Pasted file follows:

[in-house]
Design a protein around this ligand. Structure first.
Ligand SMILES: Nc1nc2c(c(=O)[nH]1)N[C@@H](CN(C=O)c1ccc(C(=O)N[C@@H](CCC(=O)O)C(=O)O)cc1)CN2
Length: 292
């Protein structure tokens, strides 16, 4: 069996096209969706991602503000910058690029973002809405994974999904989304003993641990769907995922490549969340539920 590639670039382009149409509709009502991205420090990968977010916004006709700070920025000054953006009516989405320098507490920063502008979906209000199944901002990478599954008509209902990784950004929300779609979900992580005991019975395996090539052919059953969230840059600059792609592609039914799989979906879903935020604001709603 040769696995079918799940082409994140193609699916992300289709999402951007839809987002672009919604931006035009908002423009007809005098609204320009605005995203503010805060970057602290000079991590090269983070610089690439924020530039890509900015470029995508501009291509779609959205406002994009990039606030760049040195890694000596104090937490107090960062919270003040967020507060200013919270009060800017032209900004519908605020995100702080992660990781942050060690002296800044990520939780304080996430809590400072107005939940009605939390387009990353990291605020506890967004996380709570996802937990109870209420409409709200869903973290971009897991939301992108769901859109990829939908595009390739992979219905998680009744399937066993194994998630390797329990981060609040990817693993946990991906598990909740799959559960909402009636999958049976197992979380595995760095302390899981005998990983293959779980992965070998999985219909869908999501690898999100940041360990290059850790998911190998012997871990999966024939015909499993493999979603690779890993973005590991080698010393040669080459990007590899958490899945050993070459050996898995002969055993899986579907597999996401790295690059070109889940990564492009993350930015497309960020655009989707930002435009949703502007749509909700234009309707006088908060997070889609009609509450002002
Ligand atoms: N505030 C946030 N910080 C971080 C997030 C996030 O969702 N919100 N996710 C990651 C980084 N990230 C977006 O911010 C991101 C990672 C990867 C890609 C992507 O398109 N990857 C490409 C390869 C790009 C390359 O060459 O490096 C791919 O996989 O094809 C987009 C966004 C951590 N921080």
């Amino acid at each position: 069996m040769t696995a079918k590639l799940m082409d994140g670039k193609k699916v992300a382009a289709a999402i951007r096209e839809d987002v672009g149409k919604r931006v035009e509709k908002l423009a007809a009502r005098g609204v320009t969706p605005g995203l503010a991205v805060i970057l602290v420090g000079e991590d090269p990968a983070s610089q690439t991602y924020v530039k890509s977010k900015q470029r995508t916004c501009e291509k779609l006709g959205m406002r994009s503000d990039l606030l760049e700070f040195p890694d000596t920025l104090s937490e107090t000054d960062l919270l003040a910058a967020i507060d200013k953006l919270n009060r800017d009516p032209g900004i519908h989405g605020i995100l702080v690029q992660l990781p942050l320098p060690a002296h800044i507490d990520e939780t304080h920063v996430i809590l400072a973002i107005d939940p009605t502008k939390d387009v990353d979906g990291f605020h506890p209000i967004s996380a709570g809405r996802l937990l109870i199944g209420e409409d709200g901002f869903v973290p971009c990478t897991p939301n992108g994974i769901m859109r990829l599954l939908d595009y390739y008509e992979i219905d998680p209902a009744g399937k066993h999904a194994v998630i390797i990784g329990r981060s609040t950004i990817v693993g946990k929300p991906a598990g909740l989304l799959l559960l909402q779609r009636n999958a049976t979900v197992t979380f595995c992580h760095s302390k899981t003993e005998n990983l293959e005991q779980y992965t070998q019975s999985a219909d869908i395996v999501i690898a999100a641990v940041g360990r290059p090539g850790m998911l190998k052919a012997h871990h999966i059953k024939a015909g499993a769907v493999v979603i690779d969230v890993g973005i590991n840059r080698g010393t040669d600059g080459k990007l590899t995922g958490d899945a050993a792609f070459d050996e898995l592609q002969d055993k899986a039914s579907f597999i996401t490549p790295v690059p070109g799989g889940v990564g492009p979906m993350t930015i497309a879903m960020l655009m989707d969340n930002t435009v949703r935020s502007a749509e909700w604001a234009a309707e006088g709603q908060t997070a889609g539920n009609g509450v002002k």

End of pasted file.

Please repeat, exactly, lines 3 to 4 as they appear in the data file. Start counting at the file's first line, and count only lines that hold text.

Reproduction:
Ligand SMILES: Nc1nc2c(c(=O)[nH]1)N[C@@H](CN(C=O)c1ccc(C(=O)N[C@@H](CCC(=O)O)C(=O)O)cc1)CN2
Length: 292